See what the experts have to say:

“Josh has proven that his methods work!! This book is the most comprehensive book ever written on the bench press. I recommend it to everyone wanting to get fantastic results….”

— Eddy Coan (The Undisputed Greatest Powerlifter of All-time)

“There is no doubt in my mind this is the best book ever compiled on the bench press, its science and how to train it.”

– Dave Tate, founder EliteFTS.com

“Great book Josh, just got done reading it some really great concepts. It is Officially the Bench Press Bible”

– Eric Spoto (All-Time World Record Holder – Raw Bench Press 722 Pounds)

You will learn: • How to bench press more explosively • How to use isometric methods that have been kept secret until now • How to use plyometrics to increase your bench press • How to use partials to realize your full potential • How to incorporate bands and chains • Access to routines used by champions • Miscellaneous science that can increase your bench press

After implementing what you learn in this book, you will bench more!”

Well stated.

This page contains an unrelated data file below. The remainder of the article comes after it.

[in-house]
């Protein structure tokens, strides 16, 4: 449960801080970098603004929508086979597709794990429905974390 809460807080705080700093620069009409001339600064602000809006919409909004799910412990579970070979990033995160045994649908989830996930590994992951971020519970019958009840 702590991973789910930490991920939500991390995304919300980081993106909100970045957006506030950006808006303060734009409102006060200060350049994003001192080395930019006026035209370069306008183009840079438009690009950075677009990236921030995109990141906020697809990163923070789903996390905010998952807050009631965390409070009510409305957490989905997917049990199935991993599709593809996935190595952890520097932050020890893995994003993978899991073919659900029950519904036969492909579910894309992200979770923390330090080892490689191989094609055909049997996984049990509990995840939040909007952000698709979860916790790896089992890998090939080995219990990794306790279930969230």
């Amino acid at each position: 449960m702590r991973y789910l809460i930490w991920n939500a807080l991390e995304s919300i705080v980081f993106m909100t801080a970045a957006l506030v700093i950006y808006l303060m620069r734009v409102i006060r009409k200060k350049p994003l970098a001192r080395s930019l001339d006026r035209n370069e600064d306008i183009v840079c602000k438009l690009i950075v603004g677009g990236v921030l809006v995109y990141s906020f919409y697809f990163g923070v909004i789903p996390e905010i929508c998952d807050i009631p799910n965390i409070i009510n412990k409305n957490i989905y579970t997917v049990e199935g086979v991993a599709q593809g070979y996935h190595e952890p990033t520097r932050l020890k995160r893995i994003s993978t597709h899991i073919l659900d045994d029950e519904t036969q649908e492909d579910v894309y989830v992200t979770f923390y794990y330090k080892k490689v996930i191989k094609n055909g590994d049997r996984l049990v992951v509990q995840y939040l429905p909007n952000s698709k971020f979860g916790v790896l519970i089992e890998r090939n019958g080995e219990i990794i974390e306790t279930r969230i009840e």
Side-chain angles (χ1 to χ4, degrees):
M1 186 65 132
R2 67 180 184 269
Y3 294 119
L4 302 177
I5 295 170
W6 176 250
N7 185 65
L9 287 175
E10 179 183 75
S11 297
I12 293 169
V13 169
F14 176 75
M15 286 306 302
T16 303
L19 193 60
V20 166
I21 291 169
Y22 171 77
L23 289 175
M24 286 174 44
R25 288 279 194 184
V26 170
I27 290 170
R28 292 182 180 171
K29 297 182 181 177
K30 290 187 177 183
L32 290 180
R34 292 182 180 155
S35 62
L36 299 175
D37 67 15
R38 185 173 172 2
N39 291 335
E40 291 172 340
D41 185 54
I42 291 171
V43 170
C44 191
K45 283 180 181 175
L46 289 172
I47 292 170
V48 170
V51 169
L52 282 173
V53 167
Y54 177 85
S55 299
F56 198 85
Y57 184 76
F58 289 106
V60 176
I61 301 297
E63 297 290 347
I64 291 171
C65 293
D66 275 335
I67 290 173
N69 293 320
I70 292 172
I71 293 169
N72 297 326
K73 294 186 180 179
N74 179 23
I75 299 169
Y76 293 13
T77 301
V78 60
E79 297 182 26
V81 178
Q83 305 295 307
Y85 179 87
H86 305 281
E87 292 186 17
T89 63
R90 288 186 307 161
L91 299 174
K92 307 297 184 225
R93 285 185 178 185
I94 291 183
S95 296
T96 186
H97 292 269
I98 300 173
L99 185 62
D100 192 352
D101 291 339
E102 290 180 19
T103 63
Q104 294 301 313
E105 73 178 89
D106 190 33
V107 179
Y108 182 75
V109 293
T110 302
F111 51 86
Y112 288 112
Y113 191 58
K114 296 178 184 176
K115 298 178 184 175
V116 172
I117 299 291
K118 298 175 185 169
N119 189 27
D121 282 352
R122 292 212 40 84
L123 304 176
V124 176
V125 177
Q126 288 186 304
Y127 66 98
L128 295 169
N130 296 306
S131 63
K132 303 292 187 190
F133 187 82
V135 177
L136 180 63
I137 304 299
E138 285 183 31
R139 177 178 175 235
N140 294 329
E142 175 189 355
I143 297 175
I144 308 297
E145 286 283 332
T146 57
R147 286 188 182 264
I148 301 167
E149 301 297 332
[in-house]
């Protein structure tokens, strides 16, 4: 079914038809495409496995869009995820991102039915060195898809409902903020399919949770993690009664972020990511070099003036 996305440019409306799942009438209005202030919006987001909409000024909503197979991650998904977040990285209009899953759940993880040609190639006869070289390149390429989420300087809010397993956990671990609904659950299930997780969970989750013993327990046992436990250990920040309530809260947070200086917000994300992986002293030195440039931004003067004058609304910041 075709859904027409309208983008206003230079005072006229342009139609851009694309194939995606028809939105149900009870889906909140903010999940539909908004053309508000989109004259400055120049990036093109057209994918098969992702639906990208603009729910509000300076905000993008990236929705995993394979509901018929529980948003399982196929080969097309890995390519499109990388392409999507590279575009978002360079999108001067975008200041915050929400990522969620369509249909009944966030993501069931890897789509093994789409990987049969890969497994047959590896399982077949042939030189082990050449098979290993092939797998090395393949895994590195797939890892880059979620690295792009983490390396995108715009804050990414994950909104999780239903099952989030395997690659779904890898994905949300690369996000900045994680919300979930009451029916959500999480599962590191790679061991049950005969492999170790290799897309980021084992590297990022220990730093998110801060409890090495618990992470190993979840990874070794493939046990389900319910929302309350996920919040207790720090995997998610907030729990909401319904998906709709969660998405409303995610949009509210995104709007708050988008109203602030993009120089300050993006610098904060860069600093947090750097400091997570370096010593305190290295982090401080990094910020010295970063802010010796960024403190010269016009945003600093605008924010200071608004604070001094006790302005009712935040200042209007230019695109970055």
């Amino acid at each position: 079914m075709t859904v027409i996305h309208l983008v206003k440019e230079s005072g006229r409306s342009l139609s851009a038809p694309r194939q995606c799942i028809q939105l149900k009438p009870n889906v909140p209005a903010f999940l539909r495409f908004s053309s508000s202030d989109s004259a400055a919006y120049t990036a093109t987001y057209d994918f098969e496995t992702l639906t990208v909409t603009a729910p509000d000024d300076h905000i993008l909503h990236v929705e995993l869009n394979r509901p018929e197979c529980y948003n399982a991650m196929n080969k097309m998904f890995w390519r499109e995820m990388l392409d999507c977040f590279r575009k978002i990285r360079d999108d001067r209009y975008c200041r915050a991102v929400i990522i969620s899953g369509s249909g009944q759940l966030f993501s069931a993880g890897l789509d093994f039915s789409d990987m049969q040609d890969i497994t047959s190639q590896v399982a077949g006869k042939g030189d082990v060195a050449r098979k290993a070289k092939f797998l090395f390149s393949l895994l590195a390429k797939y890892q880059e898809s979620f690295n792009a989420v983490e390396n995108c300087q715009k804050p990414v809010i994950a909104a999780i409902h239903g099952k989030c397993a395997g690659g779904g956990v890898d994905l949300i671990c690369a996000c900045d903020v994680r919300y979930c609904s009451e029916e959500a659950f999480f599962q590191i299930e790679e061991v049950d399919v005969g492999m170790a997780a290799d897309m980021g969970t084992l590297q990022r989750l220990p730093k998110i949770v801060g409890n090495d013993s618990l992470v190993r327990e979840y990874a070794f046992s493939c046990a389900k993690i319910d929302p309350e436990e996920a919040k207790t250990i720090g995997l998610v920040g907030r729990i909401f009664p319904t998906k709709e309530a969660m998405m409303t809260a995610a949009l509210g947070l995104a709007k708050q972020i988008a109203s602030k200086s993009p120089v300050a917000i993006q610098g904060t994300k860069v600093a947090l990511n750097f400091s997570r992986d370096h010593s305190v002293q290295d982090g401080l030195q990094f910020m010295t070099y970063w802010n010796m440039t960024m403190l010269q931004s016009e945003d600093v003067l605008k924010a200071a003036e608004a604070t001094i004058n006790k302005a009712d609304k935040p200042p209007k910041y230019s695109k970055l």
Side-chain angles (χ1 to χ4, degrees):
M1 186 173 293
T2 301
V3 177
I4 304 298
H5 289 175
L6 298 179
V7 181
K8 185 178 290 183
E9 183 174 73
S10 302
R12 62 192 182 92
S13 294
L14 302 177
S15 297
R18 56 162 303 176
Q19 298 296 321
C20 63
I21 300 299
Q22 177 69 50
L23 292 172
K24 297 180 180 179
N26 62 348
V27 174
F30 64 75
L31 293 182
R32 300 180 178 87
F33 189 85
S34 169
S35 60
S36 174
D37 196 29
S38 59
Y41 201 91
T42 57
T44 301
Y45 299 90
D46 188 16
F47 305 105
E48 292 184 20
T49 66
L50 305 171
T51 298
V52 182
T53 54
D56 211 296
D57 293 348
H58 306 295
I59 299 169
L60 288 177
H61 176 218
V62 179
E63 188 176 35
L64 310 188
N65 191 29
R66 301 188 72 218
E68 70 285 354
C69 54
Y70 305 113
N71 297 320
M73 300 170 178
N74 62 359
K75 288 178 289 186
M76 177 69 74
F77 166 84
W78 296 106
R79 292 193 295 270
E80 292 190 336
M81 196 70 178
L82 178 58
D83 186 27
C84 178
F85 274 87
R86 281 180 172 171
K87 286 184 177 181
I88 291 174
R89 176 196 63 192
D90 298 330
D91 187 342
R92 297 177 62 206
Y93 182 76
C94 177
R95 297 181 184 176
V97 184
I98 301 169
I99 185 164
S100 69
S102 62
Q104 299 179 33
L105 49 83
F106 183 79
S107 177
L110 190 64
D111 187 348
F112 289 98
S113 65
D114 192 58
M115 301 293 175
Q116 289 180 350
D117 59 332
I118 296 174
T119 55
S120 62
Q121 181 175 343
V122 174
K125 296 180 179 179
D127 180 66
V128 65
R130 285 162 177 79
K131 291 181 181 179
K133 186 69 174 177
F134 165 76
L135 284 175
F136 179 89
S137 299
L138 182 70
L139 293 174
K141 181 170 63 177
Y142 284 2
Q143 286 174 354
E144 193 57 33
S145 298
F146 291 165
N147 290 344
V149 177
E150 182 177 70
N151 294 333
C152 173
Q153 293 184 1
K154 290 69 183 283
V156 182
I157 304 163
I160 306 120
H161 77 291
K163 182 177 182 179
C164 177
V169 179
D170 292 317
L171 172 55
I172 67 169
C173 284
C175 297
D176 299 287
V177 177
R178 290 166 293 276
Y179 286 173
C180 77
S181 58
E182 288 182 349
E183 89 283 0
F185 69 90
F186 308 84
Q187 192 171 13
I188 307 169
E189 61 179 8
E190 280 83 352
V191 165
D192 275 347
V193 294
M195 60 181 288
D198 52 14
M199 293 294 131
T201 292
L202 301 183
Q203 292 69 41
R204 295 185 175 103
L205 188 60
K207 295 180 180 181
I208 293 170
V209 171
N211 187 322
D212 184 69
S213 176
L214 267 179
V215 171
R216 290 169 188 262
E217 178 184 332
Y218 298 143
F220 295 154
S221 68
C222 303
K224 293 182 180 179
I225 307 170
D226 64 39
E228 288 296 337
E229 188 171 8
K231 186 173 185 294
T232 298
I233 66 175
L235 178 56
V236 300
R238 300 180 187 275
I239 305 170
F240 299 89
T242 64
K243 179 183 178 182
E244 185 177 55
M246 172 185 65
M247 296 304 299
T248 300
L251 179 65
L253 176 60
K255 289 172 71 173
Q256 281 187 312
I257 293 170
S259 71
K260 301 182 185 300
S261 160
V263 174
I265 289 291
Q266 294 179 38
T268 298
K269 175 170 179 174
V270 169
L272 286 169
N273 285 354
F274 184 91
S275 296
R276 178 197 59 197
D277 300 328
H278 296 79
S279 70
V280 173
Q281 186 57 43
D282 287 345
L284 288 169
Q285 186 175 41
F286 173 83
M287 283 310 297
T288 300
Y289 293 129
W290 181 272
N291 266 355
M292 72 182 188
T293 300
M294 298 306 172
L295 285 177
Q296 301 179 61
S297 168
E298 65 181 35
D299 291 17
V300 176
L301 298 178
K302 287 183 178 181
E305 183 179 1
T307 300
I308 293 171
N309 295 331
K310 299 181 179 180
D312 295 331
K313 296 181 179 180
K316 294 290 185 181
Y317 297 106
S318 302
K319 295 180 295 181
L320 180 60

We have always felt that if you can get one or two kernels of truth that you can use from reading a book, it is more than worth it.

The good thing about incorporating a bench press workout in your wrestling program is that it can benefit you offensively with pushing and pulling and defensively as you use your chest to push up and break free from a pin.

We now turn our attention to a visiting writer with more helpful thoughts.

Shoulder up.

Bench Press – A Guide on Proper Technique

By Lloyd Strang

How to Bench Press to Impress!

The Bench Press is probably the most popular exercise in the gym, yet how many people bench badly or know the most important techniques during each rep?

In this article I will give you tips to increase your bench press now! No specialist equipment, no additional supplements and no secret recipes. These straight forward bench press tips will instantly help you to increase your bench press to a weight that can impress.

Gripping The Bar
The starting point to any bench press rep starts with your grip on the bar. If your grip is too wide you use more chest and expend energy pushing outwards, too narrow more triceps and expending energy pushing inwards. The perfect grip for you will be able to incorporate both muscle groups but slightly favoring where you are strongest and then all power goes into pressing straight up.

  • Start with no weight on the bar.
  • Lie on the bench and unrack the bar.
  • Lower the bar to the bottom part of your chest about to the sternum.